As stated above, the Seebeck effect generates an electromotive force, leading to the current equation . To describe the Peltier and Thomson effects, we must consider the flow of energy. The first term is the Fourier's heat conduction law , and the second term shows the energy carried by currents. Using these facts and the second Thomson relation see below , the heat equation can be simplified to.
If the material is not in a steady state, a complete description needs to include dynamic effects such as relating to electrical capacitance , inductance and heat capacity. In , Lord Kelvin found relationships between the three coefficients, implying that the Thomson, Peltier, and Seebeck effects are different manifestations of one effect uniquely characterized by the Seebeck coefficient. The first Thomson relation is . This relationship is easily shown given that the Thomson effect is a continuous version of the Peltier effect.
This relation expresses a subtle and fundamental connection between the Peltier and Seebeck effects. It was not satisfactorily proven until the advent of the Onsager relations , and it is worth noting that this second Thomson relation is only guaranteed for a time-reversal symmetric material; if the material is placed in a magnetic field or is itself magnetically ordered ferromagnetic , antiferromagnetic , etc.
The Thomson coefficient is unique among the three main thermoelectric coefficients because it is the only one directly measurable for individual materials. The Peltier and Seebeck coefficients can only be easily determined for pairs of materials; hence, it is difficult to find values of absolute Seebeck or Peltier coefficients for an individual material.
If the Thomson coefficient of a material is measured over a wide temperature range, it can be integrated using the Thomson relations to determine the absolute values for the Peltier and Seebeck coefficients. This needs to be done only for one material, since the other values can be determined by measuring pairwise Seebeck coefficients in thermocouples containing the reference material and then adding back the absolute Seebeck coefficient of the reference material.
For more details on absolute Seebeck coefficient determination, see Seebeck coefficient. The Seebeck effect is used in thermoelectric generators, which function like heat engines , but are less bulky, have no moving parts, and are typically more expensive and less efficient. They have a use in power plants for converting waste heat into additional electrical power a form of energy recycling and in automobiles as automotive thermoelectric generators ATGs for increasing fuel efficiency.
Space probes often use radioisotope thermoelectric generators with the same mechanism but using radioisotopes to generate the required heat difference. Recent uses include stove fans,  lighting powered by body heat  and a smartwatch powered by body heat. The Peltier effect can be used to create a refrigerator that is compact and has no circulating fluid or moving parts. Such refrigerators are useful in applications where their advantages outweigh the disadvantage of their very low efficiency.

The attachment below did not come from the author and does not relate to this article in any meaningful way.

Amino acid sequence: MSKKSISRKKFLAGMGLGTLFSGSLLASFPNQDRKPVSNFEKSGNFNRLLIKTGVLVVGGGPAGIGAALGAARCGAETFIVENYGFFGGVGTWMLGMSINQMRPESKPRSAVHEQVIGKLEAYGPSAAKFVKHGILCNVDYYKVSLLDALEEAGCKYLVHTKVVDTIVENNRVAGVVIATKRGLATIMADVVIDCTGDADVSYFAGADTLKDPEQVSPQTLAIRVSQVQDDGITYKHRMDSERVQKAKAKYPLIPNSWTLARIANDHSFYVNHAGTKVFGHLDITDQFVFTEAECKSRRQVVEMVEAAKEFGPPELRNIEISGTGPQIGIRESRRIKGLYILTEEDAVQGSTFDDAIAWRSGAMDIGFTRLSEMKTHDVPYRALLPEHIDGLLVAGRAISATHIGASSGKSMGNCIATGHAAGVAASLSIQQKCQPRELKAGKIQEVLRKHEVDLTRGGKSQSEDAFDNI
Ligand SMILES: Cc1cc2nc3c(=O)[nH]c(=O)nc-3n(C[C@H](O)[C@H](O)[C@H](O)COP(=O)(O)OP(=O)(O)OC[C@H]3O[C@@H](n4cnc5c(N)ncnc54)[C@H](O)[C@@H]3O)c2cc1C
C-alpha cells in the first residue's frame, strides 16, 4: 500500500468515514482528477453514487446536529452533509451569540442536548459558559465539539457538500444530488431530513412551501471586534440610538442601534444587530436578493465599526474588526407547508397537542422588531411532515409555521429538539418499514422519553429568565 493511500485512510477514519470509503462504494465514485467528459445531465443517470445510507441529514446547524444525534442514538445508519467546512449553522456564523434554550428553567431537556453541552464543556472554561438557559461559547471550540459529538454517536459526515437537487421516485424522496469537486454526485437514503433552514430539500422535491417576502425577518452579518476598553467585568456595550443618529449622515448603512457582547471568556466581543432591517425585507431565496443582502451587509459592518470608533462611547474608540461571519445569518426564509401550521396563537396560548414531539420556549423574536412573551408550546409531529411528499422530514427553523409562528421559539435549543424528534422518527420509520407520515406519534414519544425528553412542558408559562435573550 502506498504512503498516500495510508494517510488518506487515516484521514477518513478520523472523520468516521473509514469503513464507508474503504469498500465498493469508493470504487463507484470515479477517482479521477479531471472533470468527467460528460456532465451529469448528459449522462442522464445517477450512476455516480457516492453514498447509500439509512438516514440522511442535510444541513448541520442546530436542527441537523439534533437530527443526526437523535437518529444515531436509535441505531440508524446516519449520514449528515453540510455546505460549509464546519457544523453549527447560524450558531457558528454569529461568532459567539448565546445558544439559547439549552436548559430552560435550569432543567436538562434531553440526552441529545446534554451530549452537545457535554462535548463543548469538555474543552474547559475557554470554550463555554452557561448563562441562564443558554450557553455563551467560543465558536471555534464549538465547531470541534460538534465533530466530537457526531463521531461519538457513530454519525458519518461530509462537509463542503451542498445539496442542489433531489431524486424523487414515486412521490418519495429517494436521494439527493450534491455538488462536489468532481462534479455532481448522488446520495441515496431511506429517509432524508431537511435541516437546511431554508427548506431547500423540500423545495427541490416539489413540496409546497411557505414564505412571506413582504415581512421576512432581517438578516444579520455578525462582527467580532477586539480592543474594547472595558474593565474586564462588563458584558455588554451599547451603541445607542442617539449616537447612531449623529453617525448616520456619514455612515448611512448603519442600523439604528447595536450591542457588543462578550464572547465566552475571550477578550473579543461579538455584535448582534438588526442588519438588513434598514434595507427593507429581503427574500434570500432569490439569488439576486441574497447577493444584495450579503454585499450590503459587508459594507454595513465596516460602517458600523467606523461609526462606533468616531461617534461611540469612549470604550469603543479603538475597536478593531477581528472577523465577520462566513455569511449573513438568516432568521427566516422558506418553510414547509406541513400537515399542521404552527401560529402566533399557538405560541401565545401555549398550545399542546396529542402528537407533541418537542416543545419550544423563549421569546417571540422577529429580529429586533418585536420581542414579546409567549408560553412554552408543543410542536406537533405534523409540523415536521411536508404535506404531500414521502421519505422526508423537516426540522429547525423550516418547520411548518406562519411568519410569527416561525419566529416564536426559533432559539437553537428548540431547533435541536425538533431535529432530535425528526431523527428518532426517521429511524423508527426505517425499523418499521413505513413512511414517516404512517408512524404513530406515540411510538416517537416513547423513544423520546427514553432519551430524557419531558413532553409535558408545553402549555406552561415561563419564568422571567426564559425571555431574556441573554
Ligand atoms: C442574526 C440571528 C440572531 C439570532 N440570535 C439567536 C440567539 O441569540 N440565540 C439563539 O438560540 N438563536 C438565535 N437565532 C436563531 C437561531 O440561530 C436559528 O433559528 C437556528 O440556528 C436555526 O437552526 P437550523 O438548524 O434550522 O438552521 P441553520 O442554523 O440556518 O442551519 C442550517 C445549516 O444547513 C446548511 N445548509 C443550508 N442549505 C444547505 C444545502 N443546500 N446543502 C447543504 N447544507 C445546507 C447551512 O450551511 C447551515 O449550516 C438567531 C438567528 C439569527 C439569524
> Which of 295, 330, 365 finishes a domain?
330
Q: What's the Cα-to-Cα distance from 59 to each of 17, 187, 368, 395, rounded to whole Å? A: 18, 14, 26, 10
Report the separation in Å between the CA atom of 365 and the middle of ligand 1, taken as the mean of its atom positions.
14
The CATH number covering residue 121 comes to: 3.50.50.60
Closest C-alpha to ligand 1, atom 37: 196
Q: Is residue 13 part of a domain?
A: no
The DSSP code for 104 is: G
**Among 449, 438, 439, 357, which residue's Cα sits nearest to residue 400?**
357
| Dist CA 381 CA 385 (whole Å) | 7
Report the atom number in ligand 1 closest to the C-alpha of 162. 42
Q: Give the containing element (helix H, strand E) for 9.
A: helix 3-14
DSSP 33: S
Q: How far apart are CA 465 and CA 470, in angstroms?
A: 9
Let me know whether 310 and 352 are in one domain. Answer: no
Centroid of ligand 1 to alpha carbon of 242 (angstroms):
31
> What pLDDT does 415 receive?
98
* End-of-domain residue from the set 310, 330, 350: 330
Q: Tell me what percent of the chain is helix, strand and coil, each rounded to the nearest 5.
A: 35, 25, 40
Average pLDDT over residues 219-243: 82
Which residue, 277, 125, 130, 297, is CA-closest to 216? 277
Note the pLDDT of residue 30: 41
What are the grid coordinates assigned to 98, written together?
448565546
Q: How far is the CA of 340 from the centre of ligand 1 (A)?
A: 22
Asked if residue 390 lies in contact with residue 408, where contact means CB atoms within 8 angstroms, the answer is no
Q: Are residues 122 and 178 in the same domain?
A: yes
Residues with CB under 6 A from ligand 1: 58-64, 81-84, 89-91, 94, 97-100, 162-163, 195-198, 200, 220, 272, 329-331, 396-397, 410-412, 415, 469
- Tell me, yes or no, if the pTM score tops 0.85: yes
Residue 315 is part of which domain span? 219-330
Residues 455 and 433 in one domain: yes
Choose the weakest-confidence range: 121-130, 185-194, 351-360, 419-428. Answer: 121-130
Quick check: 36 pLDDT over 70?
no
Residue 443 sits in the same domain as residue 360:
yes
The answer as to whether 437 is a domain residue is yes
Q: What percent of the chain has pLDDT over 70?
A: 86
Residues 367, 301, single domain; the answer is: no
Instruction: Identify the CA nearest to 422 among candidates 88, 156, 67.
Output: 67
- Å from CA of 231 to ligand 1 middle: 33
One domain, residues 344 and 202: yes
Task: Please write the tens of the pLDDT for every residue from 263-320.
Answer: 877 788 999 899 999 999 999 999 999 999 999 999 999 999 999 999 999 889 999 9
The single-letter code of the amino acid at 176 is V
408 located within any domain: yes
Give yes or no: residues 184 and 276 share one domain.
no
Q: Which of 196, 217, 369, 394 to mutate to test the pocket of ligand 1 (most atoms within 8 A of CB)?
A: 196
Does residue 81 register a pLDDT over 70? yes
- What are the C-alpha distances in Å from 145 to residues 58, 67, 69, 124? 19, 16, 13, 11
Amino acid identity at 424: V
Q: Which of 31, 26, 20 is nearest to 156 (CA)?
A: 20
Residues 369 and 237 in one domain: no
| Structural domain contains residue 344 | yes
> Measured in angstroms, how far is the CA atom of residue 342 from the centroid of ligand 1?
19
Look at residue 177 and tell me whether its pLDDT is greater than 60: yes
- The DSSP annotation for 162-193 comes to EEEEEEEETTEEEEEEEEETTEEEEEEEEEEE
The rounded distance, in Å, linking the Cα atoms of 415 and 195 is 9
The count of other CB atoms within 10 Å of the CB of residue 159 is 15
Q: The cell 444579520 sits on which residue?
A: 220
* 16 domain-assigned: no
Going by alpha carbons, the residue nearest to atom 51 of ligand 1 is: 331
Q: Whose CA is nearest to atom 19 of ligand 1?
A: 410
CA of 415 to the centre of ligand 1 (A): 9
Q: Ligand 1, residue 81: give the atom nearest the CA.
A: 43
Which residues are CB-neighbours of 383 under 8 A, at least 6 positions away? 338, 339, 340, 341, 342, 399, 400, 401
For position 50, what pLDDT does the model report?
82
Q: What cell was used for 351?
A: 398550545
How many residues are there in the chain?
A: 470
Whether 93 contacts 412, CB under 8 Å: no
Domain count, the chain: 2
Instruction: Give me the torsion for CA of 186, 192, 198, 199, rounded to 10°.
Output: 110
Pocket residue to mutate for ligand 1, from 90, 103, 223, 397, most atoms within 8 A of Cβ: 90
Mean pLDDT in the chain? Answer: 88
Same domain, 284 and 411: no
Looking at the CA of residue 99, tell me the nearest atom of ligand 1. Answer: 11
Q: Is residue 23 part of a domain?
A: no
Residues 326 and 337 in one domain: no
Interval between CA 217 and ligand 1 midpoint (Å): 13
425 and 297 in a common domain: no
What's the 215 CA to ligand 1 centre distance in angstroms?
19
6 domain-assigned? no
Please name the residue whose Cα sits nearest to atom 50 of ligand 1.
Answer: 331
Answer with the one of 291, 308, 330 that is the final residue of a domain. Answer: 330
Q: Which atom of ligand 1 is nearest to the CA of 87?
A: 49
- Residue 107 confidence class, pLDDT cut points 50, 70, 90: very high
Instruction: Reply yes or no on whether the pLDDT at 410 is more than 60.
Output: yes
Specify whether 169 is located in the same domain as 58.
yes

PCR requires the cyclic heating and cooling of samples to specified temperatures. The inclusion of many thermocouples in a small space enables many samples to be amplified in parallel. Thermocouples and thermopiles are devices that use the Seebeck effect to measure the temperature difference between two objects. Thermocouples are often used to measure high temperatures, holding the temperature of one junction constant or measuring it independently cold junction compensation.
Thermopiles use many thermocouples electrically connected in series, for sensitive measurements of very small temperature difference. From Wikipedia, the free encyclopedia. This article is about the thermoelectric effect as a physical phenomenon. For applications of the thermoelectric effect, see Thermoelectric materials and Thermoelectric cooling. This article needs additional citations for verification. Please help improve this article by adding citations to reliable sources.
Unsourced material may be challenged and removed. Thermoelectric effect Seebeck effect Peltier effect Thomson effect Seebeck coefficient Ettingshausen effect Nernst effect. Thermoelectric materials Thermocouple Thermopile Thermoelectric cooling Thermoelectric generator Radioisotope thermoelectric generator Automotive thermoelectric generator.
See also: Thermoelectric materials. Main article: Thermoelectric generator. Main article: Thermoelectric cooling. Main article: Thermocouple. Disalvo, F. Any device that works at the Carnot efficiency is thermodynamically reversible, a consequence of classical thermodynamics.
In Goupil, Christophe ed. Continuum Theory and Modeling of Thermoelectric Elements. Seebeck on electro-magnetic actions]. Annales de chimie. From pp. Seebeck in Berlin]. Annalen der Physik in German. Bibcode : AnP Annales de Chimie et de Physique in French. Proceedings of the Royal Society of Edinburgh. Retrieved Part V. Thermo-electric currents". Transactions of the Royal Society of Edinburgh.
See, for example, Rowe, D. Thermoelectrics Handbook: Macro to Nano. CRC Press. MIT Technology Review. Retrieved 7 October His apparatus consisted of two glasses of water.
If the material is not in a steady state, a complete description will also need to include dynamic effects such as relating to electrical capacitance, inductance, rfecto heat capacity. Thermoelectric effect — Wikipedia Thermoelectric generators are used for creating power from heat differentials. This was efecto seebeck in the early 20th century by the efecto seebeck compass. Thermoelectric legs are thermally in parallel and electrically in series.